It’s not often that you come across a striking jewelry brand that’s equal parts celebrity-approved, wishlist-worthy, and budget friendly. But luckily Amanda Assad Mounser’s latest lookbook for her line, Mounser, recently made its way into my inbox and stopped the search I’ve been on to find the perfect gold hoop earrings. The brand, founded in 2009, seeks inspiration from some of my favorite artists—including Cy Twombly, James Turrell, and Yves Klein—and has amassed a cult-fan base including Kate Bosworth, Emilia Clarke, Alicia Keys, Maggie Gyllenhaal, and Reese Witherspoon. Here, the designer explains her journey over the last decade, her endearing love for New York, and what we need to know about her latest offering.
Did you always want to pursue jewelry design?
I’ve always experimented with different artistic mediums. My collection was born from wanting to create sculptural pieces with an artistic point of interest in a wearable context. I’ve always loved fashion and art, so organically it made sense to fuse the two into one expression.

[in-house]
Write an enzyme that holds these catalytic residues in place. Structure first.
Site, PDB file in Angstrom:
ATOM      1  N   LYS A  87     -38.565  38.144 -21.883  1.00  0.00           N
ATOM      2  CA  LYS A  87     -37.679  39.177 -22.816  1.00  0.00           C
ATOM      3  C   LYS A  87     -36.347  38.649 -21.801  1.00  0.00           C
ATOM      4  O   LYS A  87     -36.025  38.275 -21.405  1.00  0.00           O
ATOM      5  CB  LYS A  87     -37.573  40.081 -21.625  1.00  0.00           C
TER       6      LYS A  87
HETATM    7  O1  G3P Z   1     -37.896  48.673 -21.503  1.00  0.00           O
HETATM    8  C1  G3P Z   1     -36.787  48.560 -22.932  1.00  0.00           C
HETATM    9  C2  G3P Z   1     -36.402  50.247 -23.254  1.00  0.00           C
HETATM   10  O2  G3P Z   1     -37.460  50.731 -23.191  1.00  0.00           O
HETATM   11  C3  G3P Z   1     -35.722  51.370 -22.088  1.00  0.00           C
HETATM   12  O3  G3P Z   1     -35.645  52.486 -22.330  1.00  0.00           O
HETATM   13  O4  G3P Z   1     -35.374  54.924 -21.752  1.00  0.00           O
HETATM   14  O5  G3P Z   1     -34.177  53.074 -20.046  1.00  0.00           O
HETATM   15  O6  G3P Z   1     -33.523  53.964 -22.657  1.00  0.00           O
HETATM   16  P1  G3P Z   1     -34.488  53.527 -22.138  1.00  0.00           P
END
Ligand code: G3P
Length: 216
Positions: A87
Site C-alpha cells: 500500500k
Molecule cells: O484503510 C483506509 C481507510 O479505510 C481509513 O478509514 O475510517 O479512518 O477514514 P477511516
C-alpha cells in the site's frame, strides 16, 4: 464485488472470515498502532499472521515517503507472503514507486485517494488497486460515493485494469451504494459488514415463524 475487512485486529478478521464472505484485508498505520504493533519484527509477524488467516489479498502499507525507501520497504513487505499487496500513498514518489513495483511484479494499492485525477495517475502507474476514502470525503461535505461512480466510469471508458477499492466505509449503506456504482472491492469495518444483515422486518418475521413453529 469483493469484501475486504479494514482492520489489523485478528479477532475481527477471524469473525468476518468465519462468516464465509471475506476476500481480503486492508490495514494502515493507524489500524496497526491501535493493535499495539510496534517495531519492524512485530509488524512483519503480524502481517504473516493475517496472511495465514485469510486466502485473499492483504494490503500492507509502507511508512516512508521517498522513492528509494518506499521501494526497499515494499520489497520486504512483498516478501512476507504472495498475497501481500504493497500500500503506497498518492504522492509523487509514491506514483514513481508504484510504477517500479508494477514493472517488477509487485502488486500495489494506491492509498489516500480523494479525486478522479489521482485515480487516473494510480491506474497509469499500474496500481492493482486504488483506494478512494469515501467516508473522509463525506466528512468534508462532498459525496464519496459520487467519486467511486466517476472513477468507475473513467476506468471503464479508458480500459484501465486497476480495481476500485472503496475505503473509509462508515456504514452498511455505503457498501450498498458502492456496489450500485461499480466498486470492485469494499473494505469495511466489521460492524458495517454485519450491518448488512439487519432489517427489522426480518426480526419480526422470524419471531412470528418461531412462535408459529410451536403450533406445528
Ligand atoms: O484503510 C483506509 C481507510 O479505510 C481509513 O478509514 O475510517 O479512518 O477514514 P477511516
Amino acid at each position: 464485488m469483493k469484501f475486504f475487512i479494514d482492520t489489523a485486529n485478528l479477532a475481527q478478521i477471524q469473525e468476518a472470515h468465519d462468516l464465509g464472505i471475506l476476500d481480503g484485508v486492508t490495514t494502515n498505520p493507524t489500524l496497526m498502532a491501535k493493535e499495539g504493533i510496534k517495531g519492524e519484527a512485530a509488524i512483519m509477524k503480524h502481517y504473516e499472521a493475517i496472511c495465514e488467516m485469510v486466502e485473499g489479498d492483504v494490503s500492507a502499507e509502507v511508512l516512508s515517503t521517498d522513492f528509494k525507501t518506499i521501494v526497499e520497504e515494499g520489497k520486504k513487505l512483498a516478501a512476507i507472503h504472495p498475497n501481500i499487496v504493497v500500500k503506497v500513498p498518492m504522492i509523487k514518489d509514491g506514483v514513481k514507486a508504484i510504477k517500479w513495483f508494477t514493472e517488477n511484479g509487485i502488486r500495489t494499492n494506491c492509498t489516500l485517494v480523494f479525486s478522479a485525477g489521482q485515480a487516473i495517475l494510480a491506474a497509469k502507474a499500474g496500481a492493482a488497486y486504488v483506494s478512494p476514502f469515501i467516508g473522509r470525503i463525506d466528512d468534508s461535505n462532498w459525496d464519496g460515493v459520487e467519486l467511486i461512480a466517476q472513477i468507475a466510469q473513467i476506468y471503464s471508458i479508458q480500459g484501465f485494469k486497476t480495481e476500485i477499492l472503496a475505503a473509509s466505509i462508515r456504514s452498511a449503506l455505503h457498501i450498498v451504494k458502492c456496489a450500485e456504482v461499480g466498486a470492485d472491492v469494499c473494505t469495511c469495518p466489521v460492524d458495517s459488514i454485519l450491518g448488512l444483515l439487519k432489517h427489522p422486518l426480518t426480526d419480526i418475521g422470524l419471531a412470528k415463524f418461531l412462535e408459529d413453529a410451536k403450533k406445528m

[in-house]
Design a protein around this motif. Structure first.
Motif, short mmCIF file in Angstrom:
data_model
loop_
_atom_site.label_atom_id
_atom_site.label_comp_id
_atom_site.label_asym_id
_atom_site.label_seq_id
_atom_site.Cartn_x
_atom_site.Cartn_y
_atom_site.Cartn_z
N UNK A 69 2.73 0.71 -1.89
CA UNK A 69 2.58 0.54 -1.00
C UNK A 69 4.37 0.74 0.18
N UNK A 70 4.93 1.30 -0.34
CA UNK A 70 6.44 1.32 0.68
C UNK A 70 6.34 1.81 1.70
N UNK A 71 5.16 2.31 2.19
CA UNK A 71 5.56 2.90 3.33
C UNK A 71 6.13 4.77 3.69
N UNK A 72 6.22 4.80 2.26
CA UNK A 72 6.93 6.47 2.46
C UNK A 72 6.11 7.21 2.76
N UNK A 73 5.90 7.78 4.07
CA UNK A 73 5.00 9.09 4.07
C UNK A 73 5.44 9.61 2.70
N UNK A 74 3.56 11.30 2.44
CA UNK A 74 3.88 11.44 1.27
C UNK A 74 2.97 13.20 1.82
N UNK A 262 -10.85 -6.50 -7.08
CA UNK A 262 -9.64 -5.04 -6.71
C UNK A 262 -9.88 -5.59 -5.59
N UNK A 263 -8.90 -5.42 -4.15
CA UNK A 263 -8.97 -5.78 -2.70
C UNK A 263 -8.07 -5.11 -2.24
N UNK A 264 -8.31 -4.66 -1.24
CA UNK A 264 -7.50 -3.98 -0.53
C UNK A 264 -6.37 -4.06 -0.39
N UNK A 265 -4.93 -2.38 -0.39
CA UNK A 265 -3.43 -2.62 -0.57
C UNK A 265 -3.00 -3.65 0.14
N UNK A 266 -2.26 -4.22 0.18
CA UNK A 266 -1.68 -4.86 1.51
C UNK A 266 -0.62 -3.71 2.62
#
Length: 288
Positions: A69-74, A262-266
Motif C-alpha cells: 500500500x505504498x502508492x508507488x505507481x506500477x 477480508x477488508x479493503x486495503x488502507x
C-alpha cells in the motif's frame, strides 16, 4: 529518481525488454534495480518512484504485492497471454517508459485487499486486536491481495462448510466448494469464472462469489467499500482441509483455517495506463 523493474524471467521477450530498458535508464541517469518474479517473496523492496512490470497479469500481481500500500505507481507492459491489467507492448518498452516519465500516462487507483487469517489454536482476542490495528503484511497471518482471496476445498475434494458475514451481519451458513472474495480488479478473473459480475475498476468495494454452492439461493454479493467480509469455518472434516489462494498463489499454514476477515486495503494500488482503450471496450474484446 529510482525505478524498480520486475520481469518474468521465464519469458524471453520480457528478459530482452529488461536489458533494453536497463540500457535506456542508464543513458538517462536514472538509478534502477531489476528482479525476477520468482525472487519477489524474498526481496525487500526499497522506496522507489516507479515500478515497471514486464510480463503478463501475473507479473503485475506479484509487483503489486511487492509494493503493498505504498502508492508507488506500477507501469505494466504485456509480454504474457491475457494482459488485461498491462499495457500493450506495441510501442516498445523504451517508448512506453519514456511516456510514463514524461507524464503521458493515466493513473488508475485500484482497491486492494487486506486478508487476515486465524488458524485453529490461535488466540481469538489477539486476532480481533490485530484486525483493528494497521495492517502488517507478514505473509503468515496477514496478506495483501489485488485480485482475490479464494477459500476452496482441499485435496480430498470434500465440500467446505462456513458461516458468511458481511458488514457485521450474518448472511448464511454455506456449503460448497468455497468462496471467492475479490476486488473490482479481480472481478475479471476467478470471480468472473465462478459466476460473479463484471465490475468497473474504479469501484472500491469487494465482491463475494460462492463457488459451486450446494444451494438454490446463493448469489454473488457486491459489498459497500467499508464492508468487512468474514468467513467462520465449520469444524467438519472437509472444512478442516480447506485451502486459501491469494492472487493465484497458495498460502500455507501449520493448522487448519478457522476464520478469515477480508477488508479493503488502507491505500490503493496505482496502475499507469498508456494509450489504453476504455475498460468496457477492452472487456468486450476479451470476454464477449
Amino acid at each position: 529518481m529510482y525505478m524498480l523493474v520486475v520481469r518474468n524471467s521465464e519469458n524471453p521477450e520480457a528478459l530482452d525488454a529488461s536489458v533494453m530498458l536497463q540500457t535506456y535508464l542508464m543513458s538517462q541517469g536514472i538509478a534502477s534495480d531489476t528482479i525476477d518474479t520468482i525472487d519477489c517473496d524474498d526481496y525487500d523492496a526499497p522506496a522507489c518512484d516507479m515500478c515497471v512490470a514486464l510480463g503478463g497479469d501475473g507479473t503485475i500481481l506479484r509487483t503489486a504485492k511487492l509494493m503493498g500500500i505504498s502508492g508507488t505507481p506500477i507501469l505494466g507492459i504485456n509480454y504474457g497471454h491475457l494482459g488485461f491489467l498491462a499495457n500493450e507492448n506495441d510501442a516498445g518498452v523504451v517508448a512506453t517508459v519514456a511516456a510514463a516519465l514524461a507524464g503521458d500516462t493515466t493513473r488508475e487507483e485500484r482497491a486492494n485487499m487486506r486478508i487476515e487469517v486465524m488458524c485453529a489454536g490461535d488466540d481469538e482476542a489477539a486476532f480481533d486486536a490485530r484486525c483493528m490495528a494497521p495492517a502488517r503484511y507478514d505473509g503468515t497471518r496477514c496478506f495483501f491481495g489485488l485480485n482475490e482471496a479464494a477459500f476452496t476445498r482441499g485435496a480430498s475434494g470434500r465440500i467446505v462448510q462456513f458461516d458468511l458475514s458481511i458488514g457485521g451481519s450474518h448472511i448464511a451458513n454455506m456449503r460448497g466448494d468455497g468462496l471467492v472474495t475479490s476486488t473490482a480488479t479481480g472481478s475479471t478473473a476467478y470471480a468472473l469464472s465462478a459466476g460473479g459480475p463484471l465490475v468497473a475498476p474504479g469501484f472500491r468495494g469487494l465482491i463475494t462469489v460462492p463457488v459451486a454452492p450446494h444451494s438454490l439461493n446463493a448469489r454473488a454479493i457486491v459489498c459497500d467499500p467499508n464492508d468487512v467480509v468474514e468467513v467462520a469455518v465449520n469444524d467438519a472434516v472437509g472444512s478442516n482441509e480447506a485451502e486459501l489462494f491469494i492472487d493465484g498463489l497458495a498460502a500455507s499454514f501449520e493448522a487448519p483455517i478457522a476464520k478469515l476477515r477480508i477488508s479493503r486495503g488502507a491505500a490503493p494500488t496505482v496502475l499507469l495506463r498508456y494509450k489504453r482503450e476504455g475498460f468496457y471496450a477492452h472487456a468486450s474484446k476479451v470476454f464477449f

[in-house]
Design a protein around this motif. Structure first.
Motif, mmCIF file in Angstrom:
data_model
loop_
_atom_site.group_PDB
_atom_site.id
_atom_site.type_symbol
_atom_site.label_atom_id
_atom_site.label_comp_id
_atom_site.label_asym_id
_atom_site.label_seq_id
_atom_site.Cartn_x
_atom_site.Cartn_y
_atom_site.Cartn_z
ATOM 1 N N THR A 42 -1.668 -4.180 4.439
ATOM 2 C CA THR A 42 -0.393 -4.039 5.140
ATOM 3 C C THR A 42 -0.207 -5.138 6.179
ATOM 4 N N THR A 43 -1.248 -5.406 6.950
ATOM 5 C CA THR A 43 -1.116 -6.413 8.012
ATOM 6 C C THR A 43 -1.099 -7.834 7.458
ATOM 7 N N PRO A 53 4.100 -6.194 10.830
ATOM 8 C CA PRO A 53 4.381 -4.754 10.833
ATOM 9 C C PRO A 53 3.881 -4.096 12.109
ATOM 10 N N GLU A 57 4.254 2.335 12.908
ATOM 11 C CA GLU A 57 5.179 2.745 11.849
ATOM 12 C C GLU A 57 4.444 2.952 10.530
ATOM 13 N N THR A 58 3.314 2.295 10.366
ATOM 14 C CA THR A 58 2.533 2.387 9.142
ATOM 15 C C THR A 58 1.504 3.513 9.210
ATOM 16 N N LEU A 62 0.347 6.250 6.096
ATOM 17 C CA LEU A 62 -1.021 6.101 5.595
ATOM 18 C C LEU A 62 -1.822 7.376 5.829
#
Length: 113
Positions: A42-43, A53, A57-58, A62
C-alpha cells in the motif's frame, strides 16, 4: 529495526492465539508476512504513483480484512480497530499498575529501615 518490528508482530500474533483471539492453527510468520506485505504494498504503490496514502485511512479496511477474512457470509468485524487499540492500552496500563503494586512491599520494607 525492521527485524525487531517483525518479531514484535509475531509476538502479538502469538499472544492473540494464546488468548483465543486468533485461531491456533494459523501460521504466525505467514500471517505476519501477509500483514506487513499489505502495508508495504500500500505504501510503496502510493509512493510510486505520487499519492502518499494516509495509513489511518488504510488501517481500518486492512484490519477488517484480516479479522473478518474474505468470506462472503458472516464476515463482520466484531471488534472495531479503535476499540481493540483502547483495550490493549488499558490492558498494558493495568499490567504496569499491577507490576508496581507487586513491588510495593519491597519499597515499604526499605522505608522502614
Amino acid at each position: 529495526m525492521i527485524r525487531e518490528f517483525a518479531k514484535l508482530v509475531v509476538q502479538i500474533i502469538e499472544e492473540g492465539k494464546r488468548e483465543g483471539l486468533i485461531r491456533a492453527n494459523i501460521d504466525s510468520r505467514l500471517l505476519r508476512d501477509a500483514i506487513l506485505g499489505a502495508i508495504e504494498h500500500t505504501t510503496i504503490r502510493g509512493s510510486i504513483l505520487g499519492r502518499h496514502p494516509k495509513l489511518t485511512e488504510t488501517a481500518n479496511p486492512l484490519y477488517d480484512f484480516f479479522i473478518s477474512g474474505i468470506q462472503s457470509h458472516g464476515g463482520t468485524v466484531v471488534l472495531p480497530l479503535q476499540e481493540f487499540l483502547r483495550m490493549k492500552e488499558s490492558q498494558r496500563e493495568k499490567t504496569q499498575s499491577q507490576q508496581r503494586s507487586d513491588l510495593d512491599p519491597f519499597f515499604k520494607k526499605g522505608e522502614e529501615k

What were you doing prior to launching Mounser in 2009?
I’m from Texas originally, but I moved to New York at the end of 2004. My first job in fashion was actually on the business side in wholesale and press. I worked for Moschino and Alejandro Ingelmo.
2009 must have been a difficult time to launch a brand…
I’m grateful for the network of retailers and editors I built through my previous fashion life. They believed in the brand and supported it from inception. In terms of the 2009 recession, I think because my brand aesthetic has a sparkly luminous quality as well as an accessible price point, it was a great pick-me-up for people who wanted something special and low on the guilt index. Luckily, as a result, the brand was successful out of the gate!
You started your line in New York but are now based in LA, what do you love about living and working in LA?
Mounser is based heavily on inspiration from nature, which is something that is in abundance on the West Coast. Being able to explore the outdoors in a variety of terrains and see true purity in shape, form, and color through the natural landscape brings me so much creative energy. The peace and serenity that comes from interacting within wide-open spaces also brings a blank slate of clarity to my creative mind.
What do you miss about NY?
I miss my dear friends primarily, of course. But beyond that there is a cultural component that I love about New York in that you can endlessly wander and always stumble upon something new. There is such an enriched diversity as neighborhoods change in the scenery, people, style, and vibe. You can explore so many worlds in just a few hours and all you need is your two feet and the element of observation. That sense of discovery is so rare and special.
How did you keep creative, inspired, and motivated this year?